Former astronaut Jemison to speak on science literacy



Mae Jemison might have been the first African-American woman to make it to outer space, but audiences shouldn’t hold their breath waiting to hear her talk about life as an astronaut — she’s moved on.

These days, Jemison has transitioned from exploring outer space to accelerating mankind’s understanding of its depths, a literacy she will explore at 10:45 a.m. today in the Amphitheater.

“One of the things that happens in life is that people want you to be in one place,” Jemison said. “Twenty years ago — when I flew into space — it was fabulous. I enjoyed it, and it was pivotal. But, sometimes, you can’t talk about that moment all the time because you’ll just end up living there. So what I’d rather talk about is what I’m doing now and the work that I’ve done since then.”

Today, Jemison is using that perspective to lead the 100 Year Starship Program, an initiative funded by the U.S. Defense Advanced Research Project Agency and NASA.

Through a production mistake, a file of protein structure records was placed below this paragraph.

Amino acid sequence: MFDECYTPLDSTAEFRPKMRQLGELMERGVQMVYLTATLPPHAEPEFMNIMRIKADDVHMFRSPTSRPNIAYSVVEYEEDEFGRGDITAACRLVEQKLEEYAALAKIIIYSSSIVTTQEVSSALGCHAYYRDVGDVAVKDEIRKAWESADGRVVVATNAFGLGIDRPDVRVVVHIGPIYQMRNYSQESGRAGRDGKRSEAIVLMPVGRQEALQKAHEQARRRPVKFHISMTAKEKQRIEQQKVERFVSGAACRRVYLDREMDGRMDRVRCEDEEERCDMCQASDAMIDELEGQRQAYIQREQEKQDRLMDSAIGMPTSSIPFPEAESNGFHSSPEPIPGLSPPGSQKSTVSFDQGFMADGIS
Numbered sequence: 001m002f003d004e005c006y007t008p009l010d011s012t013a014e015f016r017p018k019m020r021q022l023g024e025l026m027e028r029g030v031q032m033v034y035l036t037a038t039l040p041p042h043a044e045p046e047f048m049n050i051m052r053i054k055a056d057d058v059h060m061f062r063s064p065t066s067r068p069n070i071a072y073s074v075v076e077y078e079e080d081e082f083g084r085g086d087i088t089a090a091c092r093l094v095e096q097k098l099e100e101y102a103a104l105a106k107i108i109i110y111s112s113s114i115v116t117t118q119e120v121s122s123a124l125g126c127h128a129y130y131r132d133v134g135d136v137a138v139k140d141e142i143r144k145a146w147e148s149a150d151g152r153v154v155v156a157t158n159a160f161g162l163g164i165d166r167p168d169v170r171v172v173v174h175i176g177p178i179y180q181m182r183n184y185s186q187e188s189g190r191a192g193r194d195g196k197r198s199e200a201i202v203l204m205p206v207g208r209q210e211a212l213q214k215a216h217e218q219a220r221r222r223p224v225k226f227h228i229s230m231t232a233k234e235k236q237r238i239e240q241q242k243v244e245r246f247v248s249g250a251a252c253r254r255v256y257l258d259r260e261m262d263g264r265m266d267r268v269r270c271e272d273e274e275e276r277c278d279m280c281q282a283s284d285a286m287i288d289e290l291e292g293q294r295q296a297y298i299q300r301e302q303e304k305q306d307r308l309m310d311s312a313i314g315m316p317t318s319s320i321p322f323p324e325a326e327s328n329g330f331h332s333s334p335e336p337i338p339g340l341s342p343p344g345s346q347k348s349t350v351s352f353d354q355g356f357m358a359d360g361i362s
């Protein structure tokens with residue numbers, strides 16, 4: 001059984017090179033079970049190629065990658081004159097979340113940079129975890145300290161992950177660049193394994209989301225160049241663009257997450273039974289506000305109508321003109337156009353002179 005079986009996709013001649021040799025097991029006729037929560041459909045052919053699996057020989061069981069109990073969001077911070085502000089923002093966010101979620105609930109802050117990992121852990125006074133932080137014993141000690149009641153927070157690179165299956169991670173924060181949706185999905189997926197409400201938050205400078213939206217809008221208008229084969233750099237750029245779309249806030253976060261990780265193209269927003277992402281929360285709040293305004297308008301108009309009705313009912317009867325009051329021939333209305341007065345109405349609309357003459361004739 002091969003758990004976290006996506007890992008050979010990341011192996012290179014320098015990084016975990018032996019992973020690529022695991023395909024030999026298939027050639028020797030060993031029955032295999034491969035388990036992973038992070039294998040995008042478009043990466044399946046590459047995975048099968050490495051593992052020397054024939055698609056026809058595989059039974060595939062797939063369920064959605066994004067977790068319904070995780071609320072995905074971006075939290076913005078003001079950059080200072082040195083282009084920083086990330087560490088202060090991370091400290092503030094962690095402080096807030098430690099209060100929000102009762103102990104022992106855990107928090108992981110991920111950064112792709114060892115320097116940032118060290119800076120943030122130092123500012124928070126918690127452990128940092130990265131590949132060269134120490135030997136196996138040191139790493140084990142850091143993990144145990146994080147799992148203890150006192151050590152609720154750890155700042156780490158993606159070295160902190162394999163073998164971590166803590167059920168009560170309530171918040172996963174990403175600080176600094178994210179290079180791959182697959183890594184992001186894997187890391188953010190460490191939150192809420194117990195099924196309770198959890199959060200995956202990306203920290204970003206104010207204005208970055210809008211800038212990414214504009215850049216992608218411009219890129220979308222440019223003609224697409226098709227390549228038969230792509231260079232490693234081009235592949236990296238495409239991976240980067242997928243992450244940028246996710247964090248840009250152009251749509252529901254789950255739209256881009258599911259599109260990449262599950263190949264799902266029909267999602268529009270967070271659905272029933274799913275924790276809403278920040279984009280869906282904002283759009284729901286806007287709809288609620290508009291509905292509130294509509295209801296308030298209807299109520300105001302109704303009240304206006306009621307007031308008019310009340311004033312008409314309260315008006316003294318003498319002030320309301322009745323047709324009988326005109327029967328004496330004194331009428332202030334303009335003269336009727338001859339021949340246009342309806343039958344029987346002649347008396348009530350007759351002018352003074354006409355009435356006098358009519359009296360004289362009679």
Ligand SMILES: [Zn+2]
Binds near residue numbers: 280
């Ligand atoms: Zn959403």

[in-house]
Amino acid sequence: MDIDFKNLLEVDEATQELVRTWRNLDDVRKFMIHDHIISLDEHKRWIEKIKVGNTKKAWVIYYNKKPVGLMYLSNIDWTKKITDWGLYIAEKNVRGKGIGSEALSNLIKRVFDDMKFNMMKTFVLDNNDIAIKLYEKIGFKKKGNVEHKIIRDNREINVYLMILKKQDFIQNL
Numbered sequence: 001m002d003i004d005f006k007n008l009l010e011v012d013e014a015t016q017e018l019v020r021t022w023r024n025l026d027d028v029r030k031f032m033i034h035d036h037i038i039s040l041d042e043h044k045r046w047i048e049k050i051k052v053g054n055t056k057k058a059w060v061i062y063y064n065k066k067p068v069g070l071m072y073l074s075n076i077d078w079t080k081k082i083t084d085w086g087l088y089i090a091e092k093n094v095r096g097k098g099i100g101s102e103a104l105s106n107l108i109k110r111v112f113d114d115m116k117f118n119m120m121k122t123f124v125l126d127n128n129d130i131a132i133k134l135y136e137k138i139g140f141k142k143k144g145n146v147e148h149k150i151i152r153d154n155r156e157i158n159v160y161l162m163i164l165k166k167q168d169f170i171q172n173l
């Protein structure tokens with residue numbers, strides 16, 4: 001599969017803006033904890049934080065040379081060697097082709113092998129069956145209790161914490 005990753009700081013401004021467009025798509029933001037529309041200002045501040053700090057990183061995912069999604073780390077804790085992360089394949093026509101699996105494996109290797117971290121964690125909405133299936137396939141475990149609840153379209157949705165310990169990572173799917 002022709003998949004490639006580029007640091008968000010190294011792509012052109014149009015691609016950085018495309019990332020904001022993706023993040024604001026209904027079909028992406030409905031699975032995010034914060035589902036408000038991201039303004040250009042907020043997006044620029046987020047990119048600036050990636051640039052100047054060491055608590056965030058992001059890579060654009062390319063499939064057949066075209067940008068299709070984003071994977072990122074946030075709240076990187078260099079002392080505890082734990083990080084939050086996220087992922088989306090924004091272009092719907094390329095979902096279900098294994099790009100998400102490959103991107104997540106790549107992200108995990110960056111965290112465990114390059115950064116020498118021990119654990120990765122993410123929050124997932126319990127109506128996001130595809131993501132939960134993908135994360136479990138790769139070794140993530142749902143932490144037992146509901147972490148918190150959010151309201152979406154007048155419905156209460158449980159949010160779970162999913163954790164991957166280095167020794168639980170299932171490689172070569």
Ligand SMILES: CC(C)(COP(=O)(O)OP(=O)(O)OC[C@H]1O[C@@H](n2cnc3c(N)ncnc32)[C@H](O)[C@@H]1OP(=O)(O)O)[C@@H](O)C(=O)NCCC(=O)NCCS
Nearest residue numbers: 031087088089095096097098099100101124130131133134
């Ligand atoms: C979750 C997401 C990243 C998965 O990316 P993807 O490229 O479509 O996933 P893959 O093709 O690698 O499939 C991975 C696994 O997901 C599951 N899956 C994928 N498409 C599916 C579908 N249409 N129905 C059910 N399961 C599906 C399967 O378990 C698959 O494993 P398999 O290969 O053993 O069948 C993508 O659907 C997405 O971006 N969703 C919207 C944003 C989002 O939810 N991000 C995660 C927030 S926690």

The program aims to garner public interest and funding for the prospect of interstellar space travel. It also hopes to build technologies for the future to improve the world today.

“I spend my time thinking about where we are right now, and how we get to those radical leaps,” Jemison said. “The biggest issue is around public commitment. It’s not really about just the technology and the human systems. A lot of it has to do with where we are right now and how do we get out of this quagmire — sometimes it’s apathy, sometimes it’s fear — to be able to make use of the hopefulness that’s there.”

Many of Jemison’s endeavors straddle the line between social work and scientific research. Following her time with NASA, she founded the Jemison Group to help use new technologies to aid with ongoing socio-cultural issues.

Alongside her work with NASA and the 100 Year Starship Program, Jemison continues cross-disciplinary connection between scientific progress and social work via the international science camp, The Earth We Share. TEWS works to improve scientific achievements for underprivileged Los Angeles-area students.

In the same vein, prior to her work with NASA, Jemison served as an area Peace Corps Medical Officer for Sierra Lione and Liberia for two and a half years.

To Jemison, much of the fate of mankind’s progress rests on where it decides to focus its resources.

“The technology that you use to create a power rocket is the same you use for intercontinental ballistic missiles,” Jemison said. “We get to decide which one we use it for.”